Thursday, 16 August 2012

Advances in X-ray computed tomography for analysis of heap leaching systems

One of the two keynote lectures at Process Mineralogy ’12 in November will be given by Prof. Jan Miller of the University of Utah. He will show how X-ray micro- and nano-CT provide for quantitative mineral exposure/liberation analysis of multiphase particle populations in 3D. In the case of micro-CT, analysis of more than 30,000 particles, 100 microns in size, can now be accomplished non-destructively in less than 5 hours at 2 micron voxel resolution with little sample preparation.

In a recent review article in Volume 35 of Minerals Engineering, Prof. Miller and co-workers at Utah highlight the recent advances that have been made in the application of X-ray CT in the analysis of heap leaching systems.

Heap leaching technology is moving forward rapidly as it satisfies most techno-economic considerations and provides several benefits such as low cost, cleaner environment and product, flexibility, and diversified process conditions. In view of the important role of comminution and agglomeration in heap leaching systems, both of which have to do with particle size distribution (PSD), improved characterization methods have become of significance in the design and operation of heap leaching systems.

X-ray CT characterization has introduced a new prediction tool for 3D analysis of multiphase particles and packed particle beds, an analytical capability not realized until recently. For example, establishing a correlation between mineral leaching against time from column leaching results and the information obtained from X-ray CT images is now possible. The paper presents some potential capabilities of the technique to illustrate the improvement in traditional metallurgical test work. The authors conclude that X-ray CT as an analytical technique can improve our understanding of heap leaching operations and make heap leach technology even more adaptable to ever-increasing complex ores in the foreseeable future.


  1. Why is there apparently so little interest in this technology for other applications? Is it ignorance, poor understanding of scale-up, lack of belief in resolution or what? Back in the 1980's, the Utah Comminution Centre was at the forefront of fundamental research and though they are still at that edge, it is surely time for a greater interest/impetus? One area that has hugely lagged (likely due to resolution effects, admittedly) is testing liberation bias between 2-D and 3-D measurements.Any comments to get X-ray CT discussion going? Barry, I'm with you...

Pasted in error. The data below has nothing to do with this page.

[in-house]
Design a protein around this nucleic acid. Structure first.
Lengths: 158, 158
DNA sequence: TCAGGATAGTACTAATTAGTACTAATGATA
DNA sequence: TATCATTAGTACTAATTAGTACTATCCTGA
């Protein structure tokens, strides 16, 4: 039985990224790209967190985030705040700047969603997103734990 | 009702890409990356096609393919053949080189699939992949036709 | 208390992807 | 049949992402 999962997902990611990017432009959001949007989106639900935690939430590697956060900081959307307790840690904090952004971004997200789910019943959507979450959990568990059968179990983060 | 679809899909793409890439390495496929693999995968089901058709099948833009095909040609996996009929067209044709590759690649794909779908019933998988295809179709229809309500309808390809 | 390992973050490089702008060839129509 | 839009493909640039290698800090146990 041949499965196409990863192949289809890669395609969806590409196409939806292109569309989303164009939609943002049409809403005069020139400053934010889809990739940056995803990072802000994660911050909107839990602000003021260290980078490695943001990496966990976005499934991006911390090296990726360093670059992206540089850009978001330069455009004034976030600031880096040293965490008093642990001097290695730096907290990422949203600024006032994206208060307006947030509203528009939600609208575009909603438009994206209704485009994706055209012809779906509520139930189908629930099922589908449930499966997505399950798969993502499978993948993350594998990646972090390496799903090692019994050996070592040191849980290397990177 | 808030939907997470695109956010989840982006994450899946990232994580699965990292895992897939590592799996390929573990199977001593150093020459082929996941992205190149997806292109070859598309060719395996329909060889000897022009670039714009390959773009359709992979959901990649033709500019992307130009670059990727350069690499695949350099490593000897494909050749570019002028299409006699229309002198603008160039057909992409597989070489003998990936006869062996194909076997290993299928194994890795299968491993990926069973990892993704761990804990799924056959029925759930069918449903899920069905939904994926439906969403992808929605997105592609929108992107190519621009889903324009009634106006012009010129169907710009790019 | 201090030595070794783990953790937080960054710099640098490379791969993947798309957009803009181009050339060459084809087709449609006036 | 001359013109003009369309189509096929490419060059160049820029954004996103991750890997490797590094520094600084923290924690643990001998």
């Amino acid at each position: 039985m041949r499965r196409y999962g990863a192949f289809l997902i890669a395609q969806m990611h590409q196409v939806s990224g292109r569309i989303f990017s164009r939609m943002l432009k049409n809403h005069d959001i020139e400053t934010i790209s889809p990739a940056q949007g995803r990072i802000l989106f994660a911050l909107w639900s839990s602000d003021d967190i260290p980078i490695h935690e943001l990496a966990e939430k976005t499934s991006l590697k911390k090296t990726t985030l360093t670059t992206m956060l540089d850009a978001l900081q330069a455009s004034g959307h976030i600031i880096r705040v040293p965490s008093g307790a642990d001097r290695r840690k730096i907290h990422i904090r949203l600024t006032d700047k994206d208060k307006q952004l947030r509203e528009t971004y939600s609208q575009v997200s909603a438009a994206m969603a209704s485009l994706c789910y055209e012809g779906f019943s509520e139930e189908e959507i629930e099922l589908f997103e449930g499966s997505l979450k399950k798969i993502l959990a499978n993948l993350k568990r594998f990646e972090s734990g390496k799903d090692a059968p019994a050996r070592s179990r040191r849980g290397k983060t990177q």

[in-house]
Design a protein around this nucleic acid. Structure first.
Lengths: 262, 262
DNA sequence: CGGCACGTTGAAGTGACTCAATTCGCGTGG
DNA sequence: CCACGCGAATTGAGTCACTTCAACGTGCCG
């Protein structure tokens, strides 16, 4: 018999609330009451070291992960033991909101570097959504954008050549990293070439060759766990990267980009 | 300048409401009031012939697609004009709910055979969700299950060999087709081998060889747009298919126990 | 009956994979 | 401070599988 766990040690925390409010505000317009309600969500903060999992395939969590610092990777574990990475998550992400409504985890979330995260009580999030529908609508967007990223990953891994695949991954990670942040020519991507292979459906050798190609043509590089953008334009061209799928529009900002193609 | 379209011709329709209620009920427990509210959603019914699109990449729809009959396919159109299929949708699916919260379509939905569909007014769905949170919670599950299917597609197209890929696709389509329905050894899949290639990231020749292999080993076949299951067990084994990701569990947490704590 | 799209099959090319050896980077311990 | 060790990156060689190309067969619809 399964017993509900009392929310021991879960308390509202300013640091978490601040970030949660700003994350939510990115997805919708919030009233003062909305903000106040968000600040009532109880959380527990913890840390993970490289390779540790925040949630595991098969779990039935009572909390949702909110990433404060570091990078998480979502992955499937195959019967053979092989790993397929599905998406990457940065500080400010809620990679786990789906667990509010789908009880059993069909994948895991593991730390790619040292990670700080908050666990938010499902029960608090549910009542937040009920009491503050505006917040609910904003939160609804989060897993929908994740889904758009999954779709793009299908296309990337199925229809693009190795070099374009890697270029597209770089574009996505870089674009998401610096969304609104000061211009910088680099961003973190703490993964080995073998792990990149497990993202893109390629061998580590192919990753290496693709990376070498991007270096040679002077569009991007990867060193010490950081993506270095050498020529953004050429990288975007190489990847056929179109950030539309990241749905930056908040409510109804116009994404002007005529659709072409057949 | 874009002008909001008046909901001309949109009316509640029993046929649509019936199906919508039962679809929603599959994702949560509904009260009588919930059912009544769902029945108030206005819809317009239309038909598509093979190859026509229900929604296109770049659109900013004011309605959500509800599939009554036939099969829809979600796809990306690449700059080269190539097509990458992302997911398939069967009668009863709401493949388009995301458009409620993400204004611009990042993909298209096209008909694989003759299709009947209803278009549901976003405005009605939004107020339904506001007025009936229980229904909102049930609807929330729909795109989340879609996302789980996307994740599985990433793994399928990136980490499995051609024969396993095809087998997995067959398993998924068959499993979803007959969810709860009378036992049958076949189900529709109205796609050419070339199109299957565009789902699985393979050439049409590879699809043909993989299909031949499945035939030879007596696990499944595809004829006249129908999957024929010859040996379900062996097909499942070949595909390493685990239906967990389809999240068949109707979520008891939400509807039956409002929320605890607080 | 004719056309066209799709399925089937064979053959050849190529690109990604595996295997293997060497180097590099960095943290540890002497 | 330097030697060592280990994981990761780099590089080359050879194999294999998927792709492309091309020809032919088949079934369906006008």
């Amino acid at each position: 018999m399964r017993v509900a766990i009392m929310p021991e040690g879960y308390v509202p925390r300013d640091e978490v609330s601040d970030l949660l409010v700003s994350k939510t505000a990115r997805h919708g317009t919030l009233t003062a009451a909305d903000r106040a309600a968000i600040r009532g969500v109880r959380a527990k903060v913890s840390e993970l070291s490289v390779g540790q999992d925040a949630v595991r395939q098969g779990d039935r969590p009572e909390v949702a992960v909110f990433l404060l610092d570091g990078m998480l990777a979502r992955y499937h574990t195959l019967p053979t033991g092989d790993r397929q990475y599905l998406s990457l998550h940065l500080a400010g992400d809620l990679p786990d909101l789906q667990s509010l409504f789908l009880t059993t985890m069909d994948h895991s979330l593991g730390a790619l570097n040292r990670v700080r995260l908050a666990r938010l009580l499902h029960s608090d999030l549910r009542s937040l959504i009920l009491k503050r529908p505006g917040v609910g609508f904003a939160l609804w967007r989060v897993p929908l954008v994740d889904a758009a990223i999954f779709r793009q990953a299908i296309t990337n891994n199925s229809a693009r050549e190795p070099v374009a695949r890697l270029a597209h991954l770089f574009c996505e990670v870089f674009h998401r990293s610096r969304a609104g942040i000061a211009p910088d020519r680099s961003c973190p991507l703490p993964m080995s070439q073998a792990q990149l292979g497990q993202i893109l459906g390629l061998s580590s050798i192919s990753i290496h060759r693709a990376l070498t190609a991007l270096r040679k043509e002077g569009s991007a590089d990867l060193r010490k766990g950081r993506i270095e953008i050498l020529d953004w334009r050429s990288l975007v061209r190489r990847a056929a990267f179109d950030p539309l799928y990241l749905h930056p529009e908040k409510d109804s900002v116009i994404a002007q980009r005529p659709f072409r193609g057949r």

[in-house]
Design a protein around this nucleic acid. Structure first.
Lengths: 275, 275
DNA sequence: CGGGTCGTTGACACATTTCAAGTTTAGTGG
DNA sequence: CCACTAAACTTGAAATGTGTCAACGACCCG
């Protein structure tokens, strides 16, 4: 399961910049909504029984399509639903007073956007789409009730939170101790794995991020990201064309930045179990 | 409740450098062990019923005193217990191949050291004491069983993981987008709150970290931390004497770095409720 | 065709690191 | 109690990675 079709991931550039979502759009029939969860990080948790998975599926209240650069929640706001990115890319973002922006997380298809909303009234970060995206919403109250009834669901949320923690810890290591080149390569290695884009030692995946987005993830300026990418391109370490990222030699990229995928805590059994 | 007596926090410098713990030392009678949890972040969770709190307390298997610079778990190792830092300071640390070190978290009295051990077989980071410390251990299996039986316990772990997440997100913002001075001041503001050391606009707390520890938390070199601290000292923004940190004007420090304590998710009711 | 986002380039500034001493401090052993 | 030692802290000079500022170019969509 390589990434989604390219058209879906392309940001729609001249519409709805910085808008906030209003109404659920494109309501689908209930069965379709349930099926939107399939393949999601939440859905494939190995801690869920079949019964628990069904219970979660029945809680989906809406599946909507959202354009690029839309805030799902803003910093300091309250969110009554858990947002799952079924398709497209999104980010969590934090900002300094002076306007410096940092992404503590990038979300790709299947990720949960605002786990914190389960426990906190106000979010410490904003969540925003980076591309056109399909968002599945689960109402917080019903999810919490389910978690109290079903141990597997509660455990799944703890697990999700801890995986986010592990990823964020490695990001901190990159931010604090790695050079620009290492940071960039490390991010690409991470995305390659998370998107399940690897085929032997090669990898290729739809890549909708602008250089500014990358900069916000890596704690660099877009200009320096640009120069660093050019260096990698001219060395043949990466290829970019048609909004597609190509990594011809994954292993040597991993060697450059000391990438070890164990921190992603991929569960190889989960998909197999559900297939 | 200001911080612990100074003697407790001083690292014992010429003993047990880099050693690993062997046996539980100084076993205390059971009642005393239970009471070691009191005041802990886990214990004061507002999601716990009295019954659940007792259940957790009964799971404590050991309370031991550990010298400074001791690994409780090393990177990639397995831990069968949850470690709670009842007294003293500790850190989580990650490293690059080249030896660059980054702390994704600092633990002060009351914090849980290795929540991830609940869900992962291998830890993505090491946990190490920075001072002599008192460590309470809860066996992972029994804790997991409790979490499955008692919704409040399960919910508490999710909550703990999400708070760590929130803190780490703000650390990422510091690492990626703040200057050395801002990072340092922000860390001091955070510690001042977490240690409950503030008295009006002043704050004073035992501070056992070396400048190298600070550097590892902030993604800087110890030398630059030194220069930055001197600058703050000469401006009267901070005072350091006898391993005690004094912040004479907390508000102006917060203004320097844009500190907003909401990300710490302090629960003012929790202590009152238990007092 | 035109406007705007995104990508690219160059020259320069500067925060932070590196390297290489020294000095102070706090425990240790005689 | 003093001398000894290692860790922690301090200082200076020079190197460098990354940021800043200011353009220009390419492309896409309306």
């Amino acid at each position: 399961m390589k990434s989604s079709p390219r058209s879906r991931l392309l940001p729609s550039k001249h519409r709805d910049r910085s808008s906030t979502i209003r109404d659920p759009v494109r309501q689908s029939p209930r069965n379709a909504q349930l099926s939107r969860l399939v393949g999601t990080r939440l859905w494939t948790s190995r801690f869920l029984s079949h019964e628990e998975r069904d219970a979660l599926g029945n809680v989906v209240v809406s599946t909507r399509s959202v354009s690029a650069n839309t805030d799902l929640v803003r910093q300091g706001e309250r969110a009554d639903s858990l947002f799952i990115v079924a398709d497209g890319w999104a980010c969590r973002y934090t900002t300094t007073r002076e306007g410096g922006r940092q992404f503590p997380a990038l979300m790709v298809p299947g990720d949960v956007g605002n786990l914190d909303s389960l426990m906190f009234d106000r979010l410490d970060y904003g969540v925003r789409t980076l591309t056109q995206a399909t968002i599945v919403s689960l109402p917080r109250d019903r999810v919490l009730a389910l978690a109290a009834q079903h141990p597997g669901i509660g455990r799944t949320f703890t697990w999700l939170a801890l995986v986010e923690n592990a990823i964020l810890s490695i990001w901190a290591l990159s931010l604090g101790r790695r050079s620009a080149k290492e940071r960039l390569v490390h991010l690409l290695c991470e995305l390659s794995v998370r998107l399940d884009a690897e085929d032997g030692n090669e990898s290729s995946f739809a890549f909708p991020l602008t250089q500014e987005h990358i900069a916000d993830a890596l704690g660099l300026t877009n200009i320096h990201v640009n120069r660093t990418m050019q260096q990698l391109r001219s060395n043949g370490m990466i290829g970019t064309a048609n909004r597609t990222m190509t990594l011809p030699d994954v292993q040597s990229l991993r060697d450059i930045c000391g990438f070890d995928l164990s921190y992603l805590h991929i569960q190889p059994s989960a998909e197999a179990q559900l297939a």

Chris Hamilton, Consulting Process Mineralogist, Canada

    1. Resolution in dense ores is still an issue for X-ray CT from my limited experience. This is limitating if you intend to detect cracks generated by different grinding modes. But, I fully agree that fundamental research must go on on that topic.
      Concerning 2D vs 3D liberation it is only realistic to achieve results on (very) simple ores. My personal experience is linked to 2D vs 3D size and shape analysis. This is up to now the most feasible application for a better understanding of analytical biases (in conventional particle analysis).
      Eric Pirard, University of Liege, Belgium

    2. X ray CT: Can it be useful in generating 2D or 3D images of multiple locked complex sulphide mineral particles of <5microns. How it will be applicable for measurement of liberation of desired mineral? If possible than it is a strong supportive tool.
      Dr Navin K Sharma: A consulting Mineral Advisor @vedanta, Hindustan Zinc, CRDL,Udaipur, India

    3. With regard to Chris' comment, our lab has largely ignored X-ray CT scanning and 3-d liberation data because we have a huge comparative database of 2-d liberation data from SEM-based sources. For mineral concentration circuits, one of the most frequent questions is why has the recovery changed? This can be due to ore source, or operational drift. To help decide, one of the things we most commonly look at is comparative liberation data between recent lower recovery days and historical data with higher recovery. I prefer to compare my apples to apples - so I stick with what works and what I have which is 2-d data. So I suppose there is a certain amount of data inertia for these systems to overcome. Note that it was easy for us to make the change to SEM-based systems from optical based, because we still had the same 2-d polished blocks. And there was the added bonus of not having to do all that dreaded point counting.

      There will have to be a step-changing advantage for these systems to take hold - either drastically reduced price or increased speed or resolution that you just can't do without. Simply saying that your sample is 89% liberated in 3-d vs. 96% liberated in 2-d will not be enough.
      Frederick Ford, Vale, Canada


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